The Research on Adverse DrugEvents and Reports (RADAR) systemhas successfully uncovered previouslyunknown, serious reactions among 14commonly used drugs, according to areport published in the Journal of theAmerican Medical Association (May 4,2005). Investigators have found thatin the past 6 years the drug-monitoringsystem went beyond the FDA'sinformation gathered after new drugsentered the marketplace.
The FDA's reporting system relieson information voluntarily submittedby pharmaceutical companies andphysicians through the Adverse EventsReports System and the Manufacturers'User and Device Experience. Theresearchers noted that the flaw inthese systems is that they require siftingthrough huge amounts of data touncover safety issues.
The RADAR system is formatted differently.Instead of relying on hugedatabases, it starts with 25 physiciansat academic medical centers located inChicago, Albuquerque, San Antonio,Salt Lake City, and New Orleans. Thesephysicians have their clinical "ears tothe ground." If something has potential,word goes out to a broad group ofclinicians, and researchers search forother cases.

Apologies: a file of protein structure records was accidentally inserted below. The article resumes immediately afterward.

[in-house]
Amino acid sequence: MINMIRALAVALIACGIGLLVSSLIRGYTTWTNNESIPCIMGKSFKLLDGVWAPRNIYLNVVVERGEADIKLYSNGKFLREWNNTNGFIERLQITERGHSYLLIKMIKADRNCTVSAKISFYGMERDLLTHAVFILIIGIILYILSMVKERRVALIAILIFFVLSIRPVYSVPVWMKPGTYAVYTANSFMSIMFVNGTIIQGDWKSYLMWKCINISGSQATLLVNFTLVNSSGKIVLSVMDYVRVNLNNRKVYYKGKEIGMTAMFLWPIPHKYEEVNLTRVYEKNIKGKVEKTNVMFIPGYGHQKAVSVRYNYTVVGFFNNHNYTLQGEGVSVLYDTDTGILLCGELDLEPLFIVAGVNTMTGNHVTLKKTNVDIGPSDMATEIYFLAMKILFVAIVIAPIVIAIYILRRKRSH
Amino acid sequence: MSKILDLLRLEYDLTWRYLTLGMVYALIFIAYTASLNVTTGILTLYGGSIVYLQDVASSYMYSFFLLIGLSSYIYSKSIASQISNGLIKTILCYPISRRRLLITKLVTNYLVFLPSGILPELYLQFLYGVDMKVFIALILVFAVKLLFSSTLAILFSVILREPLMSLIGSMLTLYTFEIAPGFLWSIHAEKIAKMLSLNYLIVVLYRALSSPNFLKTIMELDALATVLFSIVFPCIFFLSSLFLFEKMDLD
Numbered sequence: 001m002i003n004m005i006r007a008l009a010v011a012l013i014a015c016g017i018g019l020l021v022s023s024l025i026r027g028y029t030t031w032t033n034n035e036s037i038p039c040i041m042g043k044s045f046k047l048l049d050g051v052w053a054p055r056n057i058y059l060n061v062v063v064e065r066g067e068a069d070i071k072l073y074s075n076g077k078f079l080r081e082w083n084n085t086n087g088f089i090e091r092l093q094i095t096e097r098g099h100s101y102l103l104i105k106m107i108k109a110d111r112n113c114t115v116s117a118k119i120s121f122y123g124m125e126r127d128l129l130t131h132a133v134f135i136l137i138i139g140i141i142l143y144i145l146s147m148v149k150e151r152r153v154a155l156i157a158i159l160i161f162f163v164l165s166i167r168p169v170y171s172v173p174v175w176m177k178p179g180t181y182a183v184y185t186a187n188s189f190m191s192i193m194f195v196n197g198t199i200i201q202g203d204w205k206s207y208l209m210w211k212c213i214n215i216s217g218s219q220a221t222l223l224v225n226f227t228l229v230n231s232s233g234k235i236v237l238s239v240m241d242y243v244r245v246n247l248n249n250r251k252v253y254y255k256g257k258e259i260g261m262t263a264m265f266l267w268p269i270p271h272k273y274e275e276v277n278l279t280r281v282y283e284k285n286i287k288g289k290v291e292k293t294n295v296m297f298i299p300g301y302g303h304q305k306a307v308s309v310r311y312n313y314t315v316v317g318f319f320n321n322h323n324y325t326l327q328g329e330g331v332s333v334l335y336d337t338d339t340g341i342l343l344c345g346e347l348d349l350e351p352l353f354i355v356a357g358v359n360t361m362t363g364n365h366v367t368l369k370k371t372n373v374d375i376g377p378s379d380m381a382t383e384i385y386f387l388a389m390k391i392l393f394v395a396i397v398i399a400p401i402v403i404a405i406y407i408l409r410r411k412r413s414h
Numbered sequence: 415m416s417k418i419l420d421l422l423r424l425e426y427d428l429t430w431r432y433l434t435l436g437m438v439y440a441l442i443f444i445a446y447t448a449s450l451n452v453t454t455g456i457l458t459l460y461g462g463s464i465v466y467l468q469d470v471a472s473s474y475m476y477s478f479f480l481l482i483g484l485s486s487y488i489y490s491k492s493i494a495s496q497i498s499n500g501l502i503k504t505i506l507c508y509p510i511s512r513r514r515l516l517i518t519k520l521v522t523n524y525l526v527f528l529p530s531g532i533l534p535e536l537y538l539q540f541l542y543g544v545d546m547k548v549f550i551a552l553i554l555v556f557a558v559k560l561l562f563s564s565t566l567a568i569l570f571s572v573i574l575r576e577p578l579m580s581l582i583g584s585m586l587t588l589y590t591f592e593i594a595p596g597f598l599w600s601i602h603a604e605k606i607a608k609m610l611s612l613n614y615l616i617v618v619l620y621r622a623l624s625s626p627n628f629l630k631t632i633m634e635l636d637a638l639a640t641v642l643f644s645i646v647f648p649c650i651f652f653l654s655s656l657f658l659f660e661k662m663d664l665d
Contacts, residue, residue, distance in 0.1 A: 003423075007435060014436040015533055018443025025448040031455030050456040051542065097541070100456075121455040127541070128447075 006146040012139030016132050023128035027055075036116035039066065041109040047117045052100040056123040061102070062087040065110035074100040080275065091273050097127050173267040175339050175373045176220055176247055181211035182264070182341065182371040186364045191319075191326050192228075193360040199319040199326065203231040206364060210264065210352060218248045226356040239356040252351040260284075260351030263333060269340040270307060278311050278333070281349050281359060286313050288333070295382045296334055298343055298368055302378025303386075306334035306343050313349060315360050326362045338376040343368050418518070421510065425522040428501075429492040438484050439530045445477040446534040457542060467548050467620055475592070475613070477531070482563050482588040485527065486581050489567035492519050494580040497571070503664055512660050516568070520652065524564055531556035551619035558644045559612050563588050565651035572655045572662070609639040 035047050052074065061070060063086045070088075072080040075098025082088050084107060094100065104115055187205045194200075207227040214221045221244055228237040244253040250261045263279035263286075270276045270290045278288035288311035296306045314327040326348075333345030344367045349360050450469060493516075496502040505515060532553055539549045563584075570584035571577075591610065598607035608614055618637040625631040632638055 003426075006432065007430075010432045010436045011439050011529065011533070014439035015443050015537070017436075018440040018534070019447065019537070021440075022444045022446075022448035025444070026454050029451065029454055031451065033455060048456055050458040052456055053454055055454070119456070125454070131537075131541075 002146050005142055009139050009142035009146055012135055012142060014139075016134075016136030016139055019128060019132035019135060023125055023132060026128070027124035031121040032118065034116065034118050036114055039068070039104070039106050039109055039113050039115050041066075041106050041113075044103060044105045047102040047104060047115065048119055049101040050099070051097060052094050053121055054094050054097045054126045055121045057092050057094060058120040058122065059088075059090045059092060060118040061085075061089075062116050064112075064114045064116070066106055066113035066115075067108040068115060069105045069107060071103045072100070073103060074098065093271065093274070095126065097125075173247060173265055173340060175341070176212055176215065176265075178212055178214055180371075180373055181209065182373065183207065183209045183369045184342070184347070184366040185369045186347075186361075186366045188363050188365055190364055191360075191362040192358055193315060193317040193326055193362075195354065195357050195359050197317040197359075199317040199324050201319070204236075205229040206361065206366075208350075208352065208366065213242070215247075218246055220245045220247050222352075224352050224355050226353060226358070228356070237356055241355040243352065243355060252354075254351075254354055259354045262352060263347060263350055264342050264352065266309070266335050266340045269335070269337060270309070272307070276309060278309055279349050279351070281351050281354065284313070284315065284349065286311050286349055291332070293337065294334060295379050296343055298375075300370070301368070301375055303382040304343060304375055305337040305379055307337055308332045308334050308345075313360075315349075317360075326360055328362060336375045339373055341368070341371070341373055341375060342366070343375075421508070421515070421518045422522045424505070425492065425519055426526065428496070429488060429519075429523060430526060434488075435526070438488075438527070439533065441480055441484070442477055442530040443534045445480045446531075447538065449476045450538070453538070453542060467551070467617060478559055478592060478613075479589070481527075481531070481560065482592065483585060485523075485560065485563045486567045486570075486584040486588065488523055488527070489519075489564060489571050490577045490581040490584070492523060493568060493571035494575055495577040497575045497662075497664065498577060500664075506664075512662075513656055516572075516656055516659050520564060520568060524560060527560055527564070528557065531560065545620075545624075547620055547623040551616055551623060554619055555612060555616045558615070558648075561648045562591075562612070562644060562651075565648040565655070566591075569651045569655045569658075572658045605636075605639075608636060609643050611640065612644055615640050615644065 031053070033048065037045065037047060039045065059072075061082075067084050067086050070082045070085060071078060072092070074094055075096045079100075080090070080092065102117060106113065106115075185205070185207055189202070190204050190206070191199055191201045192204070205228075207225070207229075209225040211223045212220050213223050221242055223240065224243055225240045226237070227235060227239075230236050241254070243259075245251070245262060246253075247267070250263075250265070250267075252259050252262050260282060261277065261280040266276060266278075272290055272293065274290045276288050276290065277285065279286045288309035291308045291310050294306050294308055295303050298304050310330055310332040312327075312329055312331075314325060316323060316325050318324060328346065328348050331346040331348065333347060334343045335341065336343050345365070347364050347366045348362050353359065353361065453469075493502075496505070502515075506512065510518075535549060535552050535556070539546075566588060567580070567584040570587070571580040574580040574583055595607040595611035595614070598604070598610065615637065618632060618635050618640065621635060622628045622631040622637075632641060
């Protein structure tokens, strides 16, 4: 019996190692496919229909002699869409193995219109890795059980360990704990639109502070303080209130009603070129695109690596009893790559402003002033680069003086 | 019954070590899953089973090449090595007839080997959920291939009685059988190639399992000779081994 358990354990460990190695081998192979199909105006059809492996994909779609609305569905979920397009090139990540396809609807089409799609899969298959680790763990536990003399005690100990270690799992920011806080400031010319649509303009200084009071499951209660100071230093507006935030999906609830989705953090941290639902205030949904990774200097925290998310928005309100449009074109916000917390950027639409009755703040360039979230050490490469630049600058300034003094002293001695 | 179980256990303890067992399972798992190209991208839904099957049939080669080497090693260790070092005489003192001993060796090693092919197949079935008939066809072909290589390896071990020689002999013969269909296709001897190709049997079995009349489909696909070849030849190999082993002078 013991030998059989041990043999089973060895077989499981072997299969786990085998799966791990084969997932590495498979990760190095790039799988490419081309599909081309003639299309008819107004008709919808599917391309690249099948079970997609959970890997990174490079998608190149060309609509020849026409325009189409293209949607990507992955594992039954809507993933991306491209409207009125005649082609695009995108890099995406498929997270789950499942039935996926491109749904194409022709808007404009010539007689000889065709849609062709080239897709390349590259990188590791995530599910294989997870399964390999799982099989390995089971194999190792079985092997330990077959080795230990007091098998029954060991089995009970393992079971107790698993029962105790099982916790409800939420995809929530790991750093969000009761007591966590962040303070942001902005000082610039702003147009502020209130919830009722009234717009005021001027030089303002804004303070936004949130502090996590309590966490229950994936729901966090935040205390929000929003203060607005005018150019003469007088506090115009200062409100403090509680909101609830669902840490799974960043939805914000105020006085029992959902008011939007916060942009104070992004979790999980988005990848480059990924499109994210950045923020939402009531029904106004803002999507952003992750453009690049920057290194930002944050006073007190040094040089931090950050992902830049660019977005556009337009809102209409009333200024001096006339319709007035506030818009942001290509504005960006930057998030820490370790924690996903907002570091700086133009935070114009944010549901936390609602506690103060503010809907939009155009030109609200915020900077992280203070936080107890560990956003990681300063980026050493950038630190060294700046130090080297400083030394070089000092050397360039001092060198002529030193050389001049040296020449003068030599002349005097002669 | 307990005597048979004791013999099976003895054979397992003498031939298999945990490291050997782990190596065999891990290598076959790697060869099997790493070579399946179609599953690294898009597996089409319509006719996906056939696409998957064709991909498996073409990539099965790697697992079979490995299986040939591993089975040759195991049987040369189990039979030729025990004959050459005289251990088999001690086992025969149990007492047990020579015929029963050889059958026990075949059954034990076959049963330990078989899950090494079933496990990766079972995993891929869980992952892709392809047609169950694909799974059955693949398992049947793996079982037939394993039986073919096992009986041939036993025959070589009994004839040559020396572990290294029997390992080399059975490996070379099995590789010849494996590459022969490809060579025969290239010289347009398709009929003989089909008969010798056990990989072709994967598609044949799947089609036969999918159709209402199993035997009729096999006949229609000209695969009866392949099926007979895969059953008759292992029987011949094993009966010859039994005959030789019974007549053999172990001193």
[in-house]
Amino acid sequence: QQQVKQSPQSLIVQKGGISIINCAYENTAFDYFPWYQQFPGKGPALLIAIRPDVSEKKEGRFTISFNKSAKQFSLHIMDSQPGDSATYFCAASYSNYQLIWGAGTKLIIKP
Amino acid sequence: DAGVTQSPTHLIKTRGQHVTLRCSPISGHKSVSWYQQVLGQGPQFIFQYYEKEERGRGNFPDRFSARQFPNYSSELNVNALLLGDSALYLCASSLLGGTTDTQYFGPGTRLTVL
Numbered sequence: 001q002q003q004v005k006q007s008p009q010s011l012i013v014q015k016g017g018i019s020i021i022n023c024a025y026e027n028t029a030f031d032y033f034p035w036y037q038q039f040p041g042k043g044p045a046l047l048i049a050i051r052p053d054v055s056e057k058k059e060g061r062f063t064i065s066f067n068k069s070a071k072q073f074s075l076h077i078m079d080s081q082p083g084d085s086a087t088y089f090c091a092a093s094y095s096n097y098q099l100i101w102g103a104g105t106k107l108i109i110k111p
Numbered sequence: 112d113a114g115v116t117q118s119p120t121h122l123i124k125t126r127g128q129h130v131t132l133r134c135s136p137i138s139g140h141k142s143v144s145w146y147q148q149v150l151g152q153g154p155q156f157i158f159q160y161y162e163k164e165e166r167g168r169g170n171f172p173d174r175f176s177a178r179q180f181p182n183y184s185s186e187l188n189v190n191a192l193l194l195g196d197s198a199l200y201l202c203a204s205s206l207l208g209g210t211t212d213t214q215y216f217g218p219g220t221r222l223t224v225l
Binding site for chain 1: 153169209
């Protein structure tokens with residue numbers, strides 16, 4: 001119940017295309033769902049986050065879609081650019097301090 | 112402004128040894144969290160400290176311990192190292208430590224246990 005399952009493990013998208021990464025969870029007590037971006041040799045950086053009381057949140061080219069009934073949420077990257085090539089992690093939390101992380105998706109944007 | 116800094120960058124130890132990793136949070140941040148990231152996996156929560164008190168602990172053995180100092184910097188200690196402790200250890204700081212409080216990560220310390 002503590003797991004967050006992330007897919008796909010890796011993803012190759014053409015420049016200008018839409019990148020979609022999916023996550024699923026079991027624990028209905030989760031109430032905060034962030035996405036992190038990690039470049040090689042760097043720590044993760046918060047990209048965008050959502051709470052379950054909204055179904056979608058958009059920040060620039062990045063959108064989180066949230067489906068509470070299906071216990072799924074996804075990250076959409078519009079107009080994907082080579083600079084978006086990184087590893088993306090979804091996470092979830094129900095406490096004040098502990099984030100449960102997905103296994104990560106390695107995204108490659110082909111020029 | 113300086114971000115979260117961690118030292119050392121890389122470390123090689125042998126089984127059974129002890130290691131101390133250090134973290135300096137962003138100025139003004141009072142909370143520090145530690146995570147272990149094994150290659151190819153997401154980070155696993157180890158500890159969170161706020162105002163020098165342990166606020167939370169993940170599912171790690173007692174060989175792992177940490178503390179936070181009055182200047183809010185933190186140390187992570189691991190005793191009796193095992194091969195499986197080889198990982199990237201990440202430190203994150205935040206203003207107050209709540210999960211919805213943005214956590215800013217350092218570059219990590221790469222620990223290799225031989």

To date, RADAR has detected 16serious, often deadly, and previouslyunknown types of drug and medicaldevice reactions connected with 14commonly used drugs. The medicationsinclude the anemia drug epoetin,the cancer drug gemcitabine, and thedrug ticlopidine, used to lower the incidenceof strokes. The system has pickedup serious adverse drug reactions in954 patients. Of these patients, 169, or18%, died. Although some of the datacame from the FDA's own files, RADARwas able to find a pattern of adversereactions faster than the FDA.
Timeliness is imperative in savinglives, said study author Charles Bennett,MD, PhD. Every year adversedrug reactions account for 100,000fatalities. The FDA has mandated thatmanufacturers add 45 drug reactionsto package inserts. Identifying morethan half of these reactions, however,took more than 7 years after the drugshad been approved. "Our goal is todecrease that to 11/2 to 2 years," said Dr.Bennett.